Impressions of Lebanon
You Think That Serbs Are Kind? That Means You Have Not Been To Lebanon
Most likely, as the majority of my friends, you are suffering from prejudice when Lebanon and Beirut are mentioned. I hope that after this text that will no longer be so.
Source: Friday, 24.02.2017. | 11:33 a.m.
My colleagues were making fun of me, that I should open my own tourist agency specialized for tours of “the bullet-proof tourism.”
Maybe one day, but Lebanon is not among such destinations. Quite the contrary, Lebanon is cosmopolitan, spry, full of contrasts with beautiful hospitable people.
Visas are required for Lebanon, you can get them at the Embassy in our country (if you apply in this manner, then it is paid for) or in Beirut at the airport, you fill in the form and then it is free of charge.
I called the Embassy prior to my departure to get informed and a kind, genteel and pleasant lady explained everything to me.
We are landing around four in the morning, the airport is located near the city, so you can easily transfer. The first thing I noticed at this hour was that everything worked. At four a.m. Everything.
After some sleep, I finally moved and toured the city. Lebanon is a good destination throughout the year, the average temperature in February is 18 degrees.
Taking into consideration that a negative temperature sent us off, these 18 degrees welcoming us felt like summer. In the morning and evening you need some light jacket, while during the day we were wearing even sleavless shirts (I am a specific case, it’s always warm for me). Therefore, we went first to the beach.
The Corniche, a seaside promenade, is a popular place where locals and visitors gather and enjoy the magnificant view at the sea. Crowded with cafés, restaurants and bars, the Corniche is considered globally one of the best and longest waterfront esplanades.
On one side is the new modern port which is none short of the currently most developed and beautiful ports in the world. Zaitunay Bay is the newly built district with luxurious hotels, restaurants, yachting clubs. This is currently the most modern part of the city. While we were walking the miles-long sidewalk, next to us on one side were tall palm trees and new wonderful upscale buildings which could without a problem parry Miami, as well as old gorgeous churches and mosques and narrow back-alleys.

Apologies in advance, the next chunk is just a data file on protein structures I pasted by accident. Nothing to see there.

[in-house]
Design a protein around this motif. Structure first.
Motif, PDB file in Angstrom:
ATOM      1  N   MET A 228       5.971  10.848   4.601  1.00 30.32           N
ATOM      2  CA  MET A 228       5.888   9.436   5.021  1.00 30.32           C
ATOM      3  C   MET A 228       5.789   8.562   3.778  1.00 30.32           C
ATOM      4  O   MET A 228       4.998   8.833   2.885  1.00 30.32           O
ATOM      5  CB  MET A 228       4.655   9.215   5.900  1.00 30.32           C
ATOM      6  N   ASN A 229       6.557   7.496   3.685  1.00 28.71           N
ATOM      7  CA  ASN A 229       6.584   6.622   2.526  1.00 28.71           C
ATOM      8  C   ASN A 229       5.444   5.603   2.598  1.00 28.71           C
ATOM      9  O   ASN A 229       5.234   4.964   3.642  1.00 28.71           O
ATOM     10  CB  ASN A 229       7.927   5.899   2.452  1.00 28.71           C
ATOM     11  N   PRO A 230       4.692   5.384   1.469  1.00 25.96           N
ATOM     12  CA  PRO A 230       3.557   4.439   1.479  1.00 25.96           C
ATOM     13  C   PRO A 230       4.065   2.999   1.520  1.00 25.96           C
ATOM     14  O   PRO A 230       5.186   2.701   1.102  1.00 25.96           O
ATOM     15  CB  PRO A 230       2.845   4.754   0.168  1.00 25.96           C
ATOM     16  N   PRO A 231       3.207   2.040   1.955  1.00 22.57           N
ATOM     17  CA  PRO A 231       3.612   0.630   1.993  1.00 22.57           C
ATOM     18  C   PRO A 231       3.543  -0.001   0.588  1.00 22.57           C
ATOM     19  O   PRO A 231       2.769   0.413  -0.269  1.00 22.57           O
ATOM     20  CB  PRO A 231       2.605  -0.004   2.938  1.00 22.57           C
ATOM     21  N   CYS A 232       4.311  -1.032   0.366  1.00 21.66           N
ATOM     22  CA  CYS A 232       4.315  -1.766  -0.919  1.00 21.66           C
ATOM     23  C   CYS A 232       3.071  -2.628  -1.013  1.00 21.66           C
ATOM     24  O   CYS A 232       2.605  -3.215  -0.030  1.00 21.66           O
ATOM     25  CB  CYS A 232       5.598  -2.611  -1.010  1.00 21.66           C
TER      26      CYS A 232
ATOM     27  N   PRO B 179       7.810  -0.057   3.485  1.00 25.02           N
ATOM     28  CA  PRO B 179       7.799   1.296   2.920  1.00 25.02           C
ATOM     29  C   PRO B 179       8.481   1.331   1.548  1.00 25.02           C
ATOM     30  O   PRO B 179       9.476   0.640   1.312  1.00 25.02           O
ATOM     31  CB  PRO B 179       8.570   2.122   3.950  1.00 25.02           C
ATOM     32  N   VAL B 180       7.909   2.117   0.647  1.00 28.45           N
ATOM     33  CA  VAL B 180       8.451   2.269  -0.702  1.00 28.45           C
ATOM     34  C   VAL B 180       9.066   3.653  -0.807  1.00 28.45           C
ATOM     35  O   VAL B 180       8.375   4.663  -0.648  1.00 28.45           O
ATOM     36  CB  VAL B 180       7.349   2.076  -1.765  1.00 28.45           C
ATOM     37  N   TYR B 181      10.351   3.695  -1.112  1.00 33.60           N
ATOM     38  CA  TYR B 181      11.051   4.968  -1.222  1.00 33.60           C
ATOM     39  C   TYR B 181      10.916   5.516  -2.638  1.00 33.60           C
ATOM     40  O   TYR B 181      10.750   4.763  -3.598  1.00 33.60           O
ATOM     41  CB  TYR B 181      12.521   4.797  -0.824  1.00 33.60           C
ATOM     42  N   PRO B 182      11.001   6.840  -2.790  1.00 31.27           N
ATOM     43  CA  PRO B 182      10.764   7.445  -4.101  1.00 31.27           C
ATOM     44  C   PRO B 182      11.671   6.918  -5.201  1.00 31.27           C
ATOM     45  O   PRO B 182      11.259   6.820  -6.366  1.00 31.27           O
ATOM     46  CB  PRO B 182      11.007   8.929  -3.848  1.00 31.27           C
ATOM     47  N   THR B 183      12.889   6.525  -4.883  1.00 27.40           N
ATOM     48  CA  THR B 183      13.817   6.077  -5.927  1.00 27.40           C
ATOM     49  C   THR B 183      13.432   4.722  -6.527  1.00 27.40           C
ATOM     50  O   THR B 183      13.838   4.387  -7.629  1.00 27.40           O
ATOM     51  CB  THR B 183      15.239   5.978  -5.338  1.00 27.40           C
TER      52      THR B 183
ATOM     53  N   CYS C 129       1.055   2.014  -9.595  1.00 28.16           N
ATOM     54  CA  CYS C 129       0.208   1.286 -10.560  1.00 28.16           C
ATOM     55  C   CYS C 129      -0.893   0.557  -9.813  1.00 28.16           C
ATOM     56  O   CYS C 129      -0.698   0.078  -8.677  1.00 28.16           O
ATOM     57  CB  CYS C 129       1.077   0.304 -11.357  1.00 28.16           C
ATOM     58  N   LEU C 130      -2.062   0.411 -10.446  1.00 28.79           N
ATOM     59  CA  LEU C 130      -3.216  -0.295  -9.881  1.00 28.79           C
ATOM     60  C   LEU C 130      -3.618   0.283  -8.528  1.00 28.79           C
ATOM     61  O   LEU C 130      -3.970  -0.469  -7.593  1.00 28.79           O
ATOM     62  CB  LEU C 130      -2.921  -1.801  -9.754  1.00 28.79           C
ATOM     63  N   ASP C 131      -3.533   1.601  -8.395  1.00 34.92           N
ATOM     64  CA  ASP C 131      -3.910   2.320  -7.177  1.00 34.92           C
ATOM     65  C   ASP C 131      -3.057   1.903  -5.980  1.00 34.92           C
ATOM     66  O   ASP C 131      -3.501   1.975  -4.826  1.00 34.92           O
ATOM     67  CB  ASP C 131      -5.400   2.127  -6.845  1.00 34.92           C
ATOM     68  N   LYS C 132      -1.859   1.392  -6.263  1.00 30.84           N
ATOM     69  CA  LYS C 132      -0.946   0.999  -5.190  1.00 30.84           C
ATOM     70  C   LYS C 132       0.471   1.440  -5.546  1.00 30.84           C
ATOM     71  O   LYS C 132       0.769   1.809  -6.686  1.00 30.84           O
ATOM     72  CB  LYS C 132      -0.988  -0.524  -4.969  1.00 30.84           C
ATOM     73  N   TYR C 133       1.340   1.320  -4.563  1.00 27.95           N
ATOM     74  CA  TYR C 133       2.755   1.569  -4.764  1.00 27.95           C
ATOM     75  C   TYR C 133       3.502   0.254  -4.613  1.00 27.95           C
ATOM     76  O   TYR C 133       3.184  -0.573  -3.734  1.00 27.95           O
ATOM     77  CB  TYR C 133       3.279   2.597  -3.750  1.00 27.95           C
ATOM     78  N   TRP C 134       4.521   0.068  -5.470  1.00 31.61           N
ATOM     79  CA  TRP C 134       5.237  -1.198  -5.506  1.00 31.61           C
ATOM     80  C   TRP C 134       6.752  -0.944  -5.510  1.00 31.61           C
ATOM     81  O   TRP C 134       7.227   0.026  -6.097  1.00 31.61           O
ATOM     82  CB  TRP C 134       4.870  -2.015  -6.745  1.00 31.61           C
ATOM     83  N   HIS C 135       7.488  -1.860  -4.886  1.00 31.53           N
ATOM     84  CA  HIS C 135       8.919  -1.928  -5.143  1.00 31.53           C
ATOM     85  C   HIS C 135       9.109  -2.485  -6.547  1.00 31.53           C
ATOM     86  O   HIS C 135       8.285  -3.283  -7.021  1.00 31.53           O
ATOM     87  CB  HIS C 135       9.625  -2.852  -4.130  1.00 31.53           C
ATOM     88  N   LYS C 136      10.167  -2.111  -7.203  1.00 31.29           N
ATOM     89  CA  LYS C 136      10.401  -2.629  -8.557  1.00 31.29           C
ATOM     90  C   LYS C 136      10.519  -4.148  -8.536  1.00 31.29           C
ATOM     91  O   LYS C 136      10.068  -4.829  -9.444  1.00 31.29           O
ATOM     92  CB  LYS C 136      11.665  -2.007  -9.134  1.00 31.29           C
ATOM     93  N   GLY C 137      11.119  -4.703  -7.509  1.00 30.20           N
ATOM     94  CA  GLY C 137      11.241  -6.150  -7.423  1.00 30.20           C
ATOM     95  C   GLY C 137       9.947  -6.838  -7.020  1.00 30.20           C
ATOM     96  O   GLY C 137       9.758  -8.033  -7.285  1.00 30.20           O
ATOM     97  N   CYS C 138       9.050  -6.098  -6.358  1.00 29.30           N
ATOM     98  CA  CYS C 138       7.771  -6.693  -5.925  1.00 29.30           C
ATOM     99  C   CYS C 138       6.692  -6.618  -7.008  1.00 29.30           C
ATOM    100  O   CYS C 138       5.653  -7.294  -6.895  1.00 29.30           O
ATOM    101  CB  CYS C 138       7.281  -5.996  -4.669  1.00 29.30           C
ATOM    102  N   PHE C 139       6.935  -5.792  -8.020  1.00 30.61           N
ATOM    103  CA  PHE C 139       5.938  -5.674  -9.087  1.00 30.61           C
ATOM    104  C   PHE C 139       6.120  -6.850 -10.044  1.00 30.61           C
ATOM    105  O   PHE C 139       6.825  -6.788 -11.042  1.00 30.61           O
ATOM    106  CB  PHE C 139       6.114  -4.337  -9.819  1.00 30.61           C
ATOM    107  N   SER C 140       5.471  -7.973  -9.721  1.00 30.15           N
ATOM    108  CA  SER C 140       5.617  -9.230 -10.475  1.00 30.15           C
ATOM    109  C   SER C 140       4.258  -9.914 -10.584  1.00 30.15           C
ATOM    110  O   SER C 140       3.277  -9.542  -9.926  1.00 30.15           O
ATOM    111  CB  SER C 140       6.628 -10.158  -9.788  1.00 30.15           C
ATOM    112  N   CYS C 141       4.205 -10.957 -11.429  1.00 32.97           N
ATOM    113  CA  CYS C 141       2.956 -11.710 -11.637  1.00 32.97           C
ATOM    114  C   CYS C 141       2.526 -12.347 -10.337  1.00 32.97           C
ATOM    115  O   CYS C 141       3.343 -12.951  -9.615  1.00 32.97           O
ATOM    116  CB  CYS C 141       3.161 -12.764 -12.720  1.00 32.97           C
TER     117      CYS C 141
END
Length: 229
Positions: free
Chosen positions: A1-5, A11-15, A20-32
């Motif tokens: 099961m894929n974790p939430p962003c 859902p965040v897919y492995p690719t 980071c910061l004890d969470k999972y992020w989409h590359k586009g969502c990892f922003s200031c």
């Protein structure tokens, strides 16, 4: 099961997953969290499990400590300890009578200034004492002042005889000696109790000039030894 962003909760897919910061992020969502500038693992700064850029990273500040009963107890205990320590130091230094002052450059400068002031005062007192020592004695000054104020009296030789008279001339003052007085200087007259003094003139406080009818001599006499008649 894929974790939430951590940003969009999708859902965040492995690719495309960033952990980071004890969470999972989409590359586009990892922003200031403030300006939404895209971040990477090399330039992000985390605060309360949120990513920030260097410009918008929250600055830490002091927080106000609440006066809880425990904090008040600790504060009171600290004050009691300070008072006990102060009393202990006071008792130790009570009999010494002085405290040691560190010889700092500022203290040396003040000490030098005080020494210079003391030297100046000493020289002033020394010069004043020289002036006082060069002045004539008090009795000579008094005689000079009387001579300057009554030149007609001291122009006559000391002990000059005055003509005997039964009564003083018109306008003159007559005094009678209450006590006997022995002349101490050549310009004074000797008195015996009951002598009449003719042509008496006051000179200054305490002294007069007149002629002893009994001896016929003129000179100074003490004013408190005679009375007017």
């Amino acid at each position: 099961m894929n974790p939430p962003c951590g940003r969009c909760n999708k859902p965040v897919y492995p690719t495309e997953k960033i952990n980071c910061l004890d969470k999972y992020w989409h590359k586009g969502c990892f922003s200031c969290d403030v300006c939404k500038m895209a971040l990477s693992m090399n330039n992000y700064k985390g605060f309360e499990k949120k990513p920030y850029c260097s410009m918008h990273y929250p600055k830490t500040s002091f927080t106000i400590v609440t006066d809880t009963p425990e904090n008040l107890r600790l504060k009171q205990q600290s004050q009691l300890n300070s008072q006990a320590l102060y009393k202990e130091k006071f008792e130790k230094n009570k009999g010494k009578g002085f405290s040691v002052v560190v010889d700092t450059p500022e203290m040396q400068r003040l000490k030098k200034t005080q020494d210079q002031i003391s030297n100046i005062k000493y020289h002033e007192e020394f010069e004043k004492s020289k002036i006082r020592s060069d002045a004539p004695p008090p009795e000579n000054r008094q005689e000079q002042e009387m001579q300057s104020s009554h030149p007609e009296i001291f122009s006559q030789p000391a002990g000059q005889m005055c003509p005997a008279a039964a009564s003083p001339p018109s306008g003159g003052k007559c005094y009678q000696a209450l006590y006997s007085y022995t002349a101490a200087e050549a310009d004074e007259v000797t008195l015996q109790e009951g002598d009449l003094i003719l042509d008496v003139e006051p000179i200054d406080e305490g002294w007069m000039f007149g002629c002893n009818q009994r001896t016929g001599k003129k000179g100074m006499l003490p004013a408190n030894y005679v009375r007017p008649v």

Expensive cars are driven in the streets, which could lead to the conclusion that the inhabitants are well off, at least the privileged ones. There is no middle class in Beirut.
The lower class drives old “Mercedes” cars and, which is very interesting, they are surprised that you are walking: anyone passing by will honk and ask you whether you want a lift.
The taxi is not costly, they don’t use taximeters, tariffs for each part of the city are known. As there is no public transportation, you can always raise your hand and any driver will stop and offer you a ride. Price of this ride is slightly more than one dollar. The official currency is the Lebanese pound, but you can pay everything in dollars, they make no difference. At the other side of the promenade, in the part of town called Raouché, is an attraction – Pigeon Rock. This is the place where you will find the most beautiful natural phenomenon, the landmark of Beirut.
Three neighbourhoods are the most famous in the city: Hamra, the old district where you can find numerous souvenire shops and restaurants; Downtown, the new part of the city with malls, luxurious fashion shops, salons of luxurious cars.
The third neighbourhood is the campus of the American University in Beirut (AUB). Wonderful environment, all buildings are old, but very well preserved and maintained, and the entire campus is sourrounded by parks.
The University was founded in 1866 and is today one of the best universities in the Middle East. We walked throughout the entire complex and I can tell you – students here are predisposed to enjoyment.
Beirut Central District is the most important part of the city. The Government and Parliament are here and their buildings are truly impressive.
Beirut is a beautiful, modern city, but if you come across two-meter high concrete blocks, wire fenced, with armed, fully military equipped soldiers and police officers, then you will know that you came across some governmental institution.
Beirut differs from other cities also in pavements. They are really high to prevent parking at liberty. However, even this measure was not enough, so they introduced concrete blocks along curbs. This does not look nice at all. Particularly not in parts of the city where everything is modern and expensive, they just ruin the entire impression.
In the heart of the city you will see buildings from different epochs and mainly all of them are well preserved.
The history of Beirut dates more than 5,000 years back and keeps the heritage of Phoenicians, Greeks, Romans and Arabs, which are spread throughout the city.